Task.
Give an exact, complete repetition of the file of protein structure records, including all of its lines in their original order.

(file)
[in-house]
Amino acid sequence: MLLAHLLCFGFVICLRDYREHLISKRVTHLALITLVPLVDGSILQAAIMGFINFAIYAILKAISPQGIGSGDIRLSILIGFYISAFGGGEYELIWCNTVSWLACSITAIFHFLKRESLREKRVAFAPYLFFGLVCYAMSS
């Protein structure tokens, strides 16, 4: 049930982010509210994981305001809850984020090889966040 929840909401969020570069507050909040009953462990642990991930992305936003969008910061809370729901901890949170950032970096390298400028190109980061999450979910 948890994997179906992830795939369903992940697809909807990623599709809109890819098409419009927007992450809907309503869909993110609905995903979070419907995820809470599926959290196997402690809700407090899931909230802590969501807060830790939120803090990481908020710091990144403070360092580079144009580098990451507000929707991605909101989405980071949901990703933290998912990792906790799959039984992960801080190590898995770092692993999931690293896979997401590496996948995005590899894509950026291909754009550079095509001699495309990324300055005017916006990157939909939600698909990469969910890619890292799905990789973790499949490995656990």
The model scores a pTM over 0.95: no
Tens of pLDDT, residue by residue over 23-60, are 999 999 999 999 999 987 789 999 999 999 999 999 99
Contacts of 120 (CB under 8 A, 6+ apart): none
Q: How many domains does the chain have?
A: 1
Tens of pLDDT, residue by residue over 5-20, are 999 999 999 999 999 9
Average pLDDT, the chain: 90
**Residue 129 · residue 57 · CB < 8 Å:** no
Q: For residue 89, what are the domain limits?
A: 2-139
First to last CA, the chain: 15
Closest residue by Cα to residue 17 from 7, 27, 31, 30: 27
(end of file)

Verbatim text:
[in-house]
Amino acid sequence: MLLAHLLCFGFVICLRDYREHLISKRVTHLALITLVPLVDGSILQAAIMGFINFAIYAILKAISPQGIGSGDIRLSILIGFYISAFGGGEYELIWCNTVSWLACSITAIFHFLKRESLREKRVAFAPYLFFGLVCYAMSS
């Protein structure tokens, strides 16, 4: 049930982010509210994981305001809850984020090889966040 929840909401969020570069507050909040009953462990642990991930992305936003969008910061809370729901901890949170950032970096390298400028190109980061999450979910 948890994997179906992830795939369903992940697809909807990623599709809109890819098409419009927007992450809907309503869909993110609905995903979070419907995820809470599926959290196997402690809700407090899931909230802590969501807060830790939120803090990481908020710091990144403070360092580079144009580098990451507000929707991605909101989405980071949901990703933290998912990792906790799959039984992960801080190590898995770092692993999931690293896979997401590496996948995005590899894509950026291909754009550079095509001699495309990324300055005017916006990157939909939600698909990469969910890619890292799905990789973790499949490995656990």
The model scores a pTM over 0.95: no
Tens of pLDDT, residue by residue over 23-60, are 999 999 999 999 999 987 789 999 999 999 999 999 99
Contacts of 120 (CB under 8 A, 6+ apart): none
Q: How many domains does the chain have?
A: 1
Tens of pLDDT, residue by residue over 5-20, are 999 999 999 999 999 9
Average pLDDT, the chain: 90
**Residue 129 · residue 57 · CB < 8 Å:** no
Q: For residue 89, what are the domain limits?
A: 2-139
First to last CA, the chain: 15
Closest residue by Cα to residue 17 from 7, 27, 31, 30: 27